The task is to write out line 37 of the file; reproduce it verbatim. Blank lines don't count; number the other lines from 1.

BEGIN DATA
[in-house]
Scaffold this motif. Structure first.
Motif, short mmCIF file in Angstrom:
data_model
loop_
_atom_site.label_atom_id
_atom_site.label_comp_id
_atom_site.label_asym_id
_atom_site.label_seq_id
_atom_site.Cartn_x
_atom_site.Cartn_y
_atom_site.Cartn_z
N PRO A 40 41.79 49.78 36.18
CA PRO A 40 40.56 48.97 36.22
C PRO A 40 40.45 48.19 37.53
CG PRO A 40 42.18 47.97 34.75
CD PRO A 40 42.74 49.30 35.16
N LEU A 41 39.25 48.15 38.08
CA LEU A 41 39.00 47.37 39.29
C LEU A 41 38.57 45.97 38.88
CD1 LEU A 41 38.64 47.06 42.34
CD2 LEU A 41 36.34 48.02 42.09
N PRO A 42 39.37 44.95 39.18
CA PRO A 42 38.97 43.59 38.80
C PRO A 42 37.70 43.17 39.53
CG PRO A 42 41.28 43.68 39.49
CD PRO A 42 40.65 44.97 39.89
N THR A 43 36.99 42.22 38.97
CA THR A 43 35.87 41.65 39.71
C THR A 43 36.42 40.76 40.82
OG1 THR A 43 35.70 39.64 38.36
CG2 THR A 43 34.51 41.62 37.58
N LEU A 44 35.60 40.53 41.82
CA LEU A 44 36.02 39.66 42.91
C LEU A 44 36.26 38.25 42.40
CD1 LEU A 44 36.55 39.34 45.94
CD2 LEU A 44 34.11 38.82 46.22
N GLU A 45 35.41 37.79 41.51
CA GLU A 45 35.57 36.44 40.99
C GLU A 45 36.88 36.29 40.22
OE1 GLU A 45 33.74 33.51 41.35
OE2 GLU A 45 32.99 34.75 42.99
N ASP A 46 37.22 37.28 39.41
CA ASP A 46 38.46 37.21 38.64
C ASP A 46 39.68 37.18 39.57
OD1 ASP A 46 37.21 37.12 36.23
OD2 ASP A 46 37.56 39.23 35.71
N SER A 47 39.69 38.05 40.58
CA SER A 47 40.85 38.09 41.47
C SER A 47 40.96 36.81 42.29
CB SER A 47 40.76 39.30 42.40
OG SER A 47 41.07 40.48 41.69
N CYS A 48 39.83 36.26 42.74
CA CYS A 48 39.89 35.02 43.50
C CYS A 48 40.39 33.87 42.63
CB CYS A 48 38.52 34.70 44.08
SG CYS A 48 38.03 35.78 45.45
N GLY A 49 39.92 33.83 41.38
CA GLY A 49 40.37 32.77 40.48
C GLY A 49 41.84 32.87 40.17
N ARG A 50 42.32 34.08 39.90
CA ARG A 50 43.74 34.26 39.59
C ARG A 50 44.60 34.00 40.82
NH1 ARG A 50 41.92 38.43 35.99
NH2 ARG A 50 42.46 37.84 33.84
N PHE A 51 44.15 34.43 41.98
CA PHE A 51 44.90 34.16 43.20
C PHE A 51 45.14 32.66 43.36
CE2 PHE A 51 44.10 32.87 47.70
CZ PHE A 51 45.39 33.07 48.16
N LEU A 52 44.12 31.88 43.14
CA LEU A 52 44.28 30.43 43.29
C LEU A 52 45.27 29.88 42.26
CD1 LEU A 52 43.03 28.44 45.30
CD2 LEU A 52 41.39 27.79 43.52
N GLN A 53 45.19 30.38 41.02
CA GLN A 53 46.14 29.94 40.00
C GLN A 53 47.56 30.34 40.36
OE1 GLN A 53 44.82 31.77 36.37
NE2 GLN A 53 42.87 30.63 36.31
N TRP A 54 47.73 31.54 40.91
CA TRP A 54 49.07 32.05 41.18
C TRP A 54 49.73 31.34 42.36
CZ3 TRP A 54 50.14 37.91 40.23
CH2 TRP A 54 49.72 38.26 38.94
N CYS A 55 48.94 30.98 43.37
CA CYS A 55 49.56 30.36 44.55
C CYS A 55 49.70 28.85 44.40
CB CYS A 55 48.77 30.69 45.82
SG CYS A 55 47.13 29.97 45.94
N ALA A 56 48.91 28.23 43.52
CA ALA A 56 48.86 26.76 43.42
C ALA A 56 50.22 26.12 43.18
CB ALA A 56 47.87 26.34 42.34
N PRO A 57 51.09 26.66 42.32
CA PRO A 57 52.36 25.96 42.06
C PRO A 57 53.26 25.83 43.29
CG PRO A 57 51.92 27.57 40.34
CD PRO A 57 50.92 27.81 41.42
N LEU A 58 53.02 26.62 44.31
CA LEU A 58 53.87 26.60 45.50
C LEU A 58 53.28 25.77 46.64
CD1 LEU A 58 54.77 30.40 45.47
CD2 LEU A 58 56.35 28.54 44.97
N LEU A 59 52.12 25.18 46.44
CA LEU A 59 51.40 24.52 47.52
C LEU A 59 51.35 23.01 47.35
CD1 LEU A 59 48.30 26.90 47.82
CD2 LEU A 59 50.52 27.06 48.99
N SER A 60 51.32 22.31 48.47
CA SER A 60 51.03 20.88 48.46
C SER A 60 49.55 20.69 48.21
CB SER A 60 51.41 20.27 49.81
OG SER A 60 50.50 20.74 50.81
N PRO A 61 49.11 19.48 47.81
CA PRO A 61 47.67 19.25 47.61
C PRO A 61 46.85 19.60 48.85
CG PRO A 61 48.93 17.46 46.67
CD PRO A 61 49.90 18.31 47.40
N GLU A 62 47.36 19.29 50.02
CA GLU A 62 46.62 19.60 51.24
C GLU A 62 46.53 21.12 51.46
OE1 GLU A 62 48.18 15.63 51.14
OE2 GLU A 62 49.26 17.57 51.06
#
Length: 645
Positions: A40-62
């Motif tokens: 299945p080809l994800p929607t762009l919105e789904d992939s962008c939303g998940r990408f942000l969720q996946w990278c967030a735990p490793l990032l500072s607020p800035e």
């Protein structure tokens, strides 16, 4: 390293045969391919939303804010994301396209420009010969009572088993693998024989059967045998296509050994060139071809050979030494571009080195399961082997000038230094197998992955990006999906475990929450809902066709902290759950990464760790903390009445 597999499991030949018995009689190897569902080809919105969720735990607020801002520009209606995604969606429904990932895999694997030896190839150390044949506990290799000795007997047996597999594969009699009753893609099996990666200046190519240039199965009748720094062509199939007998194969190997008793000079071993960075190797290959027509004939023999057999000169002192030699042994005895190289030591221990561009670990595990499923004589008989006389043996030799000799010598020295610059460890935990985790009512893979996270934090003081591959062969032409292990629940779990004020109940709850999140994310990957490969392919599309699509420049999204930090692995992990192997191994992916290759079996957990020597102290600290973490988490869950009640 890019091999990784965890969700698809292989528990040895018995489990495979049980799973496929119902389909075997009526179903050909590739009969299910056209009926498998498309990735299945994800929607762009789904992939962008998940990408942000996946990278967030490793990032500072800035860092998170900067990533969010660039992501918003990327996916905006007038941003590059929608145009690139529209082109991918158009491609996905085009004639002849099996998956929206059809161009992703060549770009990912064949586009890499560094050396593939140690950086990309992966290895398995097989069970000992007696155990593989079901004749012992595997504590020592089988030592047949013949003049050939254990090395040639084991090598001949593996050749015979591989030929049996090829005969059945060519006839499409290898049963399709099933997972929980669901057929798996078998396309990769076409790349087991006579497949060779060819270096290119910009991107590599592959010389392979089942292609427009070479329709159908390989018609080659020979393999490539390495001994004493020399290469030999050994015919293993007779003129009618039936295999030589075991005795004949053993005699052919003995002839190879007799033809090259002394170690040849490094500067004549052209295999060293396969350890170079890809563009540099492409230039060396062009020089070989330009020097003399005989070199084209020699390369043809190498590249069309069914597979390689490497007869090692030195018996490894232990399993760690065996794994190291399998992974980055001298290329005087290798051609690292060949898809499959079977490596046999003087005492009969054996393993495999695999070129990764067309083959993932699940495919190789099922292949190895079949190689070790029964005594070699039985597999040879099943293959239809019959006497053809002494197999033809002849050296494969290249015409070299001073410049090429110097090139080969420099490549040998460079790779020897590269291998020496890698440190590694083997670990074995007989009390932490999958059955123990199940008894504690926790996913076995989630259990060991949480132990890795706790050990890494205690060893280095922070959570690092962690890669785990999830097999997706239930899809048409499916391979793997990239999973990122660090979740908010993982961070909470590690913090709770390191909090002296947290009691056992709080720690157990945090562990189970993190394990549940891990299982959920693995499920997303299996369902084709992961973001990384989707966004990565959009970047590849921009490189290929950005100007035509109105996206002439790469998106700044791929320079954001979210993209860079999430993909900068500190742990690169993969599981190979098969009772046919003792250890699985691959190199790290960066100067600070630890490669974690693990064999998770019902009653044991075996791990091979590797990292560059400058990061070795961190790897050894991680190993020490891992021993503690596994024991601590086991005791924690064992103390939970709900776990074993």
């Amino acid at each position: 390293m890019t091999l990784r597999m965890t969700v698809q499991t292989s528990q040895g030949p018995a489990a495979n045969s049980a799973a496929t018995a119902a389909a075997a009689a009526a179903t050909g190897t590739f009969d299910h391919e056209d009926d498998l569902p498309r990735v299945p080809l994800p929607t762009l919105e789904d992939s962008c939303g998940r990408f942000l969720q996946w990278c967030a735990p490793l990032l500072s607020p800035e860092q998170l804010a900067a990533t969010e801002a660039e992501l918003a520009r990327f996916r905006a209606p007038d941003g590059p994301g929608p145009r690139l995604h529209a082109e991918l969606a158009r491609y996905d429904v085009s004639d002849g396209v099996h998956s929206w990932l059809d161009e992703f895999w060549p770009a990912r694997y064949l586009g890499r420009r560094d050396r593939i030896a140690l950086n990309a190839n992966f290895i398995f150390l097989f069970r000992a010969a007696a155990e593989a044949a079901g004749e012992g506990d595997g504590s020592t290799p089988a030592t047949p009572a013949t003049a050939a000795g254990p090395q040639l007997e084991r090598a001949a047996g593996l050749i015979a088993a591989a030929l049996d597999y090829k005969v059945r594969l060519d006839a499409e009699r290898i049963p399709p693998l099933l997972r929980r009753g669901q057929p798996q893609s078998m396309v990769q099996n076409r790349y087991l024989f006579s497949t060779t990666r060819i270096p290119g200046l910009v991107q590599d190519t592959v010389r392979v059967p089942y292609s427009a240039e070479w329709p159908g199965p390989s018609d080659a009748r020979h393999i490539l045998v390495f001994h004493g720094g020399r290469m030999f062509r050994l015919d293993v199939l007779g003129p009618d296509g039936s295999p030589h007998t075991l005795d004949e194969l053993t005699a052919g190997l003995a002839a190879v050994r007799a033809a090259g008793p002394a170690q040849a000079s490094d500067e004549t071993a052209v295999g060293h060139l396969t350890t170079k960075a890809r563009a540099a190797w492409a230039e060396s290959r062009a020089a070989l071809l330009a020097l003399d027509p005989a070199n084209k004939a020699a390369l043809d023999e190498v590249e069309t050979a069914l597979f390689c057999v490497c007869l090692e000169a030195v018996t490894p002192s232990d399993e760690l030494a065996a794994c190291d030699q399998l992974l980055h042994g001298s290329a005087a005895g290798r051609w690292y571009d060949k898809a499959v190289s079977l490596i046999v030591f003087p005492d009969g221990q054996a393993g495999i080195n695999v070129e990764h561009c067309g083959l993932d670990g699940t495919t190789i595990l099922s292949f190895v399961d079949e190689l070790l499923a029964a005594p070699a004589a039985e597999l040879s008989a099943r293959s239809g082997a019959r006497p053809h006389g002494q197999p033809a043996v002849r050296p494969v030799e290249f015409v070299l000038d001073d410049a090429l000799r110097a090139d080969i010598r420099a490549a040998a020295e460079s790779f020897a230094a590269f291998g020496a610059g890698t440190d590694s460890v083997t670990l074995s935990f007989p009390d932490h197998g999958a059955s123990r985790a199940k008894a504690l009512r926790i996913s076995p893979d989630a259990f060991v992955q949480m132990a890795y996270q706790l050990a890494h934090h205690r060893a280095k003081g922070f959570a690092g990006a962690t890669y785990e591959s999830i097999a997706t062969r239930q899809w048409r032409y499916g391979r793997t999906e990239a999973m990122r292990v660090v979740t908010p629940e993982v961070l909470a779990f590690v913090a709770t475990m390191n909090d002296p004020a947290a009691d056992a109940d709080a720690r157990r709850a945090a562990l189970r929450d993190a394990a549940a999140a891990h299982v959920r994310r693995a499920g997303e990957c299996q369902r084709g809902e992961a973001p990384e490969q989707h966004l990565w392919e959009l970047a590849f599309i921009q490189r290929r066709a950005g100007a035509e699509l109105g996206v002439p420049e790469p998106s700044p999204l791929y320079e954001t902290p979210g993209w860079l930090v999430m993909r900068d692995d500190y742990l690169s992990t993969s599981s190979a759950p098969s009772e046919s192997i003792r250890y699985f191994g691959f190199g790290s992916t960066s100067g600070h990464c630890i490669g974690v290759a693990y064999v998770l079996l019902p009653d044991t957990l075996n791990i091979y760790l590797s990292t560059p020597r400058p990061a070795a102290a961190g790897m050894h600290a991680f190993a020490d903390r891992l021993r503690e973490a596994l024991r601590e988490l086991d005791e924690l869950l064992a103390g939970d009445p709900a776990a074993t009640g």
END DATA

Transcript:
CD2 LEU A 44 34.11 38.82 46.22